Re: RE: Word, Asian characters, and Arial Unicode

From: Rick McGowan (
Date: Mon May 07 2001 - 12:54:57 EDT

Marco Cimarosti wrote:

> East Asian Width is a property that tells whether or not each Unicode
> character should have the same typographical width as a CJK ideograph. The
> property may be "yes", "no", or a few different kinds of "maybe".

Whoa, wait... Whether or not you care at all about the East Asian Width
depends on your context. It's perfectly acceptable to use many of those
things in classical studies, if your font supports them with reasonable
metrics that fit your context. Even Tech Report #11 says:

"The East Asian Width property provides a useful concept for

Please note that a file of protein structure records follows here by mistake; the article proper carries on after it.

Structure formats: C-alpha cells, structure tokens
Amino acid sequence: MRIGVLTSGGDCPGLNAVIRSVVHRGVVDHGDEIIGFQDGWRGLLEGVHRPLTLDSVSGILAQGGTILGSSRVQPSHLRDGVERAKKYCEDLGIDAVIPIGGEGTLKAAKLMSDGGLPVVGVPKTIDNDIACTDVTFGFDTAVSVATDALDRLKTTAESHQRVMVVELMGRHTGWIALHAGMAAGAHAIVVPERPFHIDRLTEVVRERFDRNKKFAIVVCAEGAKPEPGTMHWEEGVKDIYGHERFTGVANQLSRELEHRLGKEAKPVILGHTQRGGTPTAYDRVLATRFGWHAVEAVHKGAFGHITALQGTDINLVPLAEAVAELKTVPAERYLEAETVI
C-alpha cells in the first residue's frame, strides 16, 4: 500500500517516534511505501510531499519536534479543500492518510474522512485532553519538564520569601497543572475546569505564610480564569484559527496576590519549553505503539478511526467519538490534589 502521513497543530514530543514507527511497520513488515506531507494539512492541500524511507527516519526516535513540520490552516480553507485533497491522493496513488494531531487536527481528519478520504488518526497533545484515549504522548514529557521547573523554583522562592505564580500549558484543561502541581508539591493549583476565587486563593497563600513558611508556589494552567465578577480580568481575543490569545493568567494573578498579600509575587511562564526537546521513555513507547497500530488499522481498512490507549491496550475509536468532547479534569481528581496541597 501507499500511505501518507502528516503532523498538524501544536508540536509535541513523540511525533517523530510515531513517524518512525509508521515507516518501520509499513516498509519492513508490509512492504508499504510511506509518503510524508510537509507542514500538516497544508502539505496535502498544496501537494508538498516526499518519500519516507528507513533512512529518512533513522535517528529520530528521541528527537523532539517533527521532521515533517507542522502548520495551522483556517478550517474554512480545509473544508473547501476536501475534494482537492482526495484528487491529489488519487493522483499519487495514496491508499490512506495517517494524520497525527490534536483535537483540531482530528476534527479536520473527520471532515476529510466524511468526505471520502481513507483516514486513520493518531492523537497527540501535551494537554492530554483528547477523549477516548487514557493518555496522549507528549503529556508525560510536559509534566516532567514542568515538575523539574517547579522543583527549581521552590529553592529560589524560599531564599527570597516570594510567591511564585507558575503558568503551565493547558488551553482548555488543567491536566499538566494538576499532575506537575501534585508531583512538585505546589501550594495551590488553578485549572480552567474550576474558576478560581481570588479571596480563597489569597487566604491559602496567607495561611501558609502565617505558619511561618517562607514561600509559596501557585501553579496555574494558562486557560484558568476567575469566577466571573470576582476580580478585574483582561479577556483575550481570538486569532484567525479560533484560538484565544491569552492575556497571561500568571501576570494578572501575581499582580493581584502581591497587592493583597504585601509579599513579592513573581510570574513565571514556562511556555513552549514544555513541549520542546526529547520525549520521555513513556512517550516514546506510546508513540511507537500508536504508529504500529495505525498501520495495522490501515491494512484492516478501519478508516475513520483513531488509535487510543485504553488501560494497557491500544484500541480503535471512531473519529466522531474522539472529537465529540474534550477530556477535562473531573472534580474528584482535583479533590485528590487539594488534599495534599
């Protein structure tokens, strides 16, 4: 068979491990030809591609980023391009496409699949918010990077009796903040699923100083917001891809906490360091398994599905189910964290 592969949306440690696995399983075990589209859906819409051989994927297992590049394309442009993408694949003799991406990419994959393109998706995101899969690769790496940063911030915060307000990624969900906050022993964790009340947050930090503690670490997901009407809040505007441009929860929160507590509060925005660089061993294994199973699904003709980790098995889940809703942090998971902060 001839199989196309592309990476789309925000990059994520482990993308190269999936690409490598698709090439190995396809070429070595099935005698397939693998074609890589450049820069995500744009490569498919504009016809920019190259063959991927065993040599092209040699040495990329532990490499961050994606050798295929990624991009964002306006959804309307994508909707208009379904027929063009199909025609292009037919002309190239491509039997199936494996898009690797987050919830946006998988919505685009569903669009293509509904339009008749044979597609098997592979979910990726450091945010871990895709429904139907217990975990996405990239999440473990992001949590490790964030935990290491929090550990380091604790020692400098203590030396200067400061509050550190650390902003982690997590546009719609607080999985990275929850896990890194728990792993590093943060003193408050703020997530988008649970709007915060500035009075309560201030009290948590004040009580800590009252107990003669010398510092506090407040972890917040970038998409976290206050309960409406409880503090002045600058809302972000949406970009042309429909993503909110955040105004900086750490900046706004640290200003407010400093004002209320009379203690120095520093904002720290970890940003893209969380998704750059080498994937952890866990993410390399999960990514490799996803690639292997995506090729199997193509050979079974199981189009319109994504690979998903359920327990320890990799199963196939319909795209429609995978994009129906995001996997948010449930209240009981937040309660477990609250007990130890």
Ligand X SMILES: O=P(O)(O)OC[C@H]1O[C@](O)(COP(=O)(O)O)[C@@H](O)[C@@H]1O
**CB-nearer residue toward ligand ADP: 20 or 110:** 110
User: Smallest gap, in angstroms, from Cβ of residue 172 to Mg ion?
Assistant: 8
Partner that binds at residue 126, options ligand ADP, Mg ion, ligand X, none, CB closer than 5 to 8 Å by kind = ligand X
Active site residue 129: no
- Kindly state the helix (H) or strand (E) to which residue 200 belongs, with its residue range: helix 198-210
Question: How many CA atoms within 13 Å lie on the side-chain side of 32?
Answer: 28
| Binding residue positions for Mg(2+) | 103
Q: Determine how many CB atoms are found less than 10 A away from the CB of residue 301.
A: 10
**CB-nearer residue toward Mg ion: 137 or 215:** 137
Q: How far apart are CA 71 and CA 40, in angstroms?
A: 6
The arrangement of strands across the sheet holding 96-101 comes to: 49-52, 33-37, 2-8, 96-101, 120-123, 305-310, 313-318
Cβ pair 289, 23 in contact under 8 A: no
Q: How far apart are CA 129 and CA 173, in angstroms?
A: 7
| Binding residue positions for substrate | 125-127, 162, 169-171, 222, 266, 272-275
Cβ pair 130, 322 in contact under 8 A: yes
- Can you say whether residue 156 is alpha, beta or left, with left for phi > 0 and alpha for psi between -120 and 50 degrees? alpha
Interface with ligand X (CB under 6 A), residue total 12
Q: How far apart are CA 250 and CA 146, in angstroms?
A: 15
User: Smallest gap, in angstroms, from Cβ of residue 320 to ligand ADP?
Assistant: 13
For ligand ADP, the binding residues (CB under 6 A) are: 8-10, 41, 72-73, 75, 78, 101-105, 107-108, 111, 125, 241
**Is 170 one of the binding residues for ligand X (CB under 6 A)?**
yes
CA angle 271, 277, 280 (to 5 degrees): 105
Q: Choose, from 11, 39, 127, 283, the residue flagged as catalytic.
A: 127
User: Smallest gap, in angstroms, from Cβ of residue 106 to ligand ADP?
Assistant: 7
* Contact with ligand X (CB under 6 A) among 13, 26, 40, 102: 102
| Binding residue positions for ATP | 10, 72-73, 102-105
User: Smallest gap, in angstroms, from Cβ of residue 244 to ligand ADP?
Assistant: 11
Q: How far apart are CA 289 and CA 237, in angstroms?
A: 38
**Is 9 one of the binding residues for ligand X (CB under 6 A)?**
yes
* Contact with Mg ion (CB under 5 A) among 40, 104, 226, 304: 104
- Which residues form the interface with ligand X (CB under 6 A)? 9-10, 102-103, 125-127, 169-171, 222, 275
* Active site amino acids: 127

implementations that:
    * have to interwork with East Asian legacy character encodings
    * support both East Asian and Western typography and line layout
    * need to associate fonts with unmarked text runs containing East
Asian characters"

Furthermore, it goes on to say later:
    "in the context of interoperating with East Asian legacy character
    encodings and implementing East Asian typography..."

That's a recurrent theme.

Unless a character has "Full Width" or "Half Width" in its name, it's
generally fair game for having a width that is appropriate for the font in
which it occurs.

Now, Word2000 or some other product, or some specific set of fonts may not
be what a classicist wants, but that limitation is not because the width
of many characters are somehow CONSTRAINED by the East Asian Width


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